How can we incorporate this knowledge into our predictive model to improve it's performance? The main takeaways from the work above is that the strokes-gained categories differ in their predictive power for future strokes-gained performance (with OTT > APP > ARG > PUTT). However, a difficult practical issue is that we only have data on detailed strokes-gained performance for a subset of our data: namely PGA Tour events that have ShotLink set up on-site. We incorporate our findings above by using a reweighting method for each round that has detailed strokes-gained data available if the SG categories aren't available, we simply use total strokes-gained. In this reweighting method, if there were two rounds that both were measured as +2 total strokes-gained, with one mainly due to off-the-tee play while the other was mainly due to putting, the former would be increased while the latter would be decreased. To determine which weighting works best, we just evaluate out-of-sample fit (discussed below). That's why prediction is relatively easy, while casual inference is hard.

One thing that becomes clear when testing different parameterizations is how similar they perform overall despite disagreeing in their predictions quite often. This is troubling if you plan to use your model to bet on golf. For example, suppose you and I both have models that perform pretty similar overall (i.e. have similar mean-squared prediction error), but also disagree a fair bit on specific predictions. This means that both of our models would find what we perceive to be "value" in betting on some outcome against the other's model. However, in reality, there is not as much value as you think: roughly half of those discrepancies will be cases where your model is "incorrect" (because we know, overall, that the two models fit the data similarly). This is not exactly a deep insight: it simply means that to assume your model's odds as *truth* is an unrealistic best-case scenario for calculating expected profits.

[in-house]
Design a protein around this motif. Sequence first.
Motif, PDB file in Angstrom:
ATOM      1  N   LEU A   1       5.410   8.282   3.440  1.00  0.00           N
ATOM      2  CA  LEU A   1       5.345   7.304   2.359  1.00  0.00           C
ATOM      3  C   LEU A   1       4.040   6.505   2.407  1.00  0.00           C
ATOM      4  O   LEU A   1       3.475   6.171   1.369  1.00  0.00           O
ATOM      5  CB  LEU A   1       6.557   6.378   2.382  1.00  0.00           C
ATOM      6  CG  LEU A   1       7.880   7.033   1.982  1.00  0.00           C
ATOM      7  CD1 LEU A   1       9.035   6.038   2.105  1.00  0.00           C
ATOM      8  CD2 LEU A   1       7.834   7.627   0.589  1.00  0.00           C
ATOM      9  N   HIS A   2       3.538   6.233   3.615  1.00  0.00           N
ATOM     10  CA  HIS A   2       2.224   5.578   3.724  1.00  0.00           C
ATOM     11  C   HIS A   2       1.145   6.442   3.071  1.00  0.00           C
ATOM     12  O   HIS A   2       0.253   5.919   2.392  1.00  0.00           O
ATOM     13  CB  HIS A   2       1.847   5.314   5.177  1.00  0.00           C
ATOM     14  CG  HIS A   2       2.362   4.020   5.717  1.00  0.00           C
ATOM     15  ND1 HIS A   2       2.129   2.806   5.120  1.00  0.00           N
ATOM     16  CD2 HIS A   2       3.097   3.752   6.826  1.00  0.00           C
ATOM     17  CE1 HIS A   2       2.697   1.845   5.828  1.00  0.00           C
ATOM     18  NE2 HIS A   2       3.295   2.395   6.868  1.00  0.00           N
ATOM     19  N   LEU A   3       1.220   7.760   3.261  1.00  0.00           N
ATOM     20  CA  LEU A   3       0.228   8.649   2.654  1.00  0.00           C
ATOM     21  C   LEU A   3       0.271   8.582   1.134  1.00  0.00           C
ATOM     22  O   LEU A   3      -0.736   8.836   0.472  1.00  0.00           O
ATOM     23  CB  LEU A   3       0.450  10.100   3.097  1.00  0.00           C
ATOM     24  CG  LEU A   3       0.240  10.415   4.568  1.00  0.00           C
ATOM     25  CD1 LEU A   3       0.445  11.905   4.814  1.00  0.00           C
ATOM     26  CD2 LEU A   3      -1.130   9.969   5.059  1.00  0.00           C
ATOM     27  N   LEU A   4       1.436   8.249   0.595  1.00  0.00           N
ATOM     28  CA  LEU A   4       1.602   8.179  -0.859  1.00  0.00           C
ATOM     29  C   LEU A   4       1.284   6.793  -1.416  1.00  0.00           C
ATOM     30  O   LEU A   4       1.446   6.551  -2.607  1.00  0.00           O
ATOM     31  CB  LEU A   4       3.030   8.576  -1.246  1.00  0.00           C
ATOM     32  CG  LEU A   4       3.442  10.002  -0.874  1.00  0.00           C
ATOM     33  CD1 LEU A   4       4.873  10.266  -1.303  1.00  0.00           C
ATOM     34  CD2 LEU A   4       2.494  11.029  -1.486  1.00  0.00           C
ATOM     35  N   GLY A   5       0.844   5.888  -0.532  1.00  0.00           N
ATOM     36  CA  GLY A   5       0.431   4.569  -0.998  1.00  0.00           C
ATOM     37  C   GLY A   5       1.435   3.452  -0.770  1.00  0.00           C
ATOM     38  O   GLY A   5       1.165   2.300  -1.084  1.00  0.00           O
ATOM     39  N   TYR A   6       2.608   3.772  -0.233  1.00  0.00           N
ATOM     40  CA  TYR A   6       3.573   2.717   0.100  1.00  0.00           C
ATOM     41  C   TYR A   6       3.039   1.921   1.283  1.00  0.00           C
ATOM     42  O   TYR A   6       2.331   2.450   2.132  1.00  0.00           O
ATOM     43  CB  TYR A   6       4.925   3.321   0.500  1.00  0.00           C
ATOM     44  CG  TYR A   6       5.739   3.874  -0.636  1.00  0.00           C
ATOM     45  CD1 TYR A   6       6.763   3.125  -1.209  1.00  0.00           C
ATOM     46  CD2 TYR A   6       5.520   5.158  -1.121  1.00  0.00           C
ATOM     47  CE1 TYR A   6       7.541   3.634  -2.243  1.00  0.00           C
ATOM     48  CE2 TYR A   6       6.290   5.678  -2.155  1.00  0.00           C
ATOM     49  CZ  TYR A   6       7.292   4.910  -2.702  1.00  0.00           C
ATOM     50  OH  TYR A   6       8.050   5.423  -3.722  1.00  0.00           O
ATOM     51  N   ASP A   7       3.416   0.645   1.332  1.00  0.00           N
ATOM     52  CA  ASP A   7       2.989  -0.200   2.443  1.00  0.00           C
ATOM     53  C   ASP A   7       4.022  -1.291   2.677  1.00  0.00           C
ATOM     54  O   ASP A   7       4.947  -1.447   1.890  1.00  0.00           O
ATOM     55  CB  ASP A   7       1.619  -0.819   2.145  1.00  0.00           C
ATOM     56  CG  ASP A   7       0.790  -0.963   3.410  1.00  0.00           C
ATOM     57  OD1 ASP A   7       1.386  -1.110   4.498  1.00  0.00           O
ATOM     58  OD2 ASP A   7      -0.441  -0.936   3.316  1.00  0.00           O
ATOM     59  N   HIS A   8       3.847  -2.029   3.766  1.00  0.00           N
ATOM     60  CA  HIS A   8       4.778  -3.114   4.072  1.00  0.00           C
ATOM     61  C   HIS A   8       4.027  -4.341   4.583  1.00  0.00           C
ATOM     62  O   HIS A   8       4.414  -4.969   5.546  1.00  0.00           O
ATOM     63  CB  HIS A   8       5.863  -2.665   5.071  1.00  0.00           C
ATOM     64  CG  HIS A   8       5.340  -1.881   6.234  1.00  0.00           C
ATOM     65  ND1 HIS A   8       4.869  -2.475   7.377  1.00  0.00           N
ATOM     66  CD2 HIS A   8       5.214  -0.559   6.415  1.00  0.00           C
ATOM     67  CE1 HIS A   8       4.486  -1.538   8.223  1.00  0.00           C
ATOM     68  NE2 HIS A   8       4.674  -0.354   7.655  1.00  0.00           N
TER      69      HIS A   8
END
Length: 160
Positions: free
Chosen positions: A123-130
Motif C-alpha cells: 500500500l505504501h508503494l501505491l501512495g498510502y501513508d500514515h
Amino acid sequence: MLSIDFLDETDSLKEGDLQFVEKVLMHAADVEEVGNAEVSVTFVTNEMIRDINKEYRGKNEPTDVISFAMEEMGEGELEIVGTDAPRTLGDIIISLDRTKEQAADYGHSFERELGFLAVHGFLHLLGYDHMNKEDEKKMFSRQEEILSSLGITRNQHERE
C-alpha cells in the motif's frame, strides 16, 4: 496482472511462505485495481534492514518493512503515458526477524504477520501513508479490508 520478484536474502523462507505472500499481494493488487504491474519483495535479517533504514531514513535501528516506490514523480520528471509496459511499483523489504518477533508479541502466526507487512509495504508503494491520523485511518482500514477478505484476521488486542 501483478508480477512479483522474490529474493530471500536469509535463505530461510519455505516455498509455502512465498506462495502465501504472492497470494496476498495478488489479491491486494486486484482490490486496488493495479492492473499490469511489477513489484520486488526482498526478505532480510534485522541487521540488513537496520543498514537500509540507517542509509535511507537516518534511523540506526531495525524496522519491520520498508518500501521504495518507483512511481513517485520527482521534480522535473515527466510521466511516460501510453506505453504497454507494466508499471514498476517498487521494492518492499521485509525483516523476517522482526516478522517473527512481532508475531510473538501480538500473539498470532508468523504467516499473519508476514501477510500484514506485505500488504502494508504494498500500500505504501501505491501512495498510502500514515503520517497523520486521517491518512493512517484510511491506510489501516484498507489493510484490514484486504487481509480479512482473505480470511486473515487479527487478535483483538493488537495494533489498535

The model that we select through the cross validation exercise has a weighting scheme that I would classify as "medium-term": rounds played 2-3 years ago do receive non-zero weight, but the rate of decay is fairly quick. Compared to our previous models this version responds more to a golfer's recent form. In terms of incorporating the detailed strokes-gained categories, past performance that has been driven more by ball-striking, rather than by short-game and putting, will tend to have less regression to the mean in the predictions of future performance.

To use the output of this model — our pre-tournament estimates of the mean and variance parameters that define each golfer's scoring distribution — to make live predictions as a golf tournament progresses, there are a few challenges to be addressed.

First, we need to convert our round-level scoring estimates to hole-level scoring estimates. This is accomplished using an approximation which takes as input our estimates of a golfer's round-level mean and variance and gives as output the probability of making each score type on a given hole (i.e. birdie, par, bogey, etc.).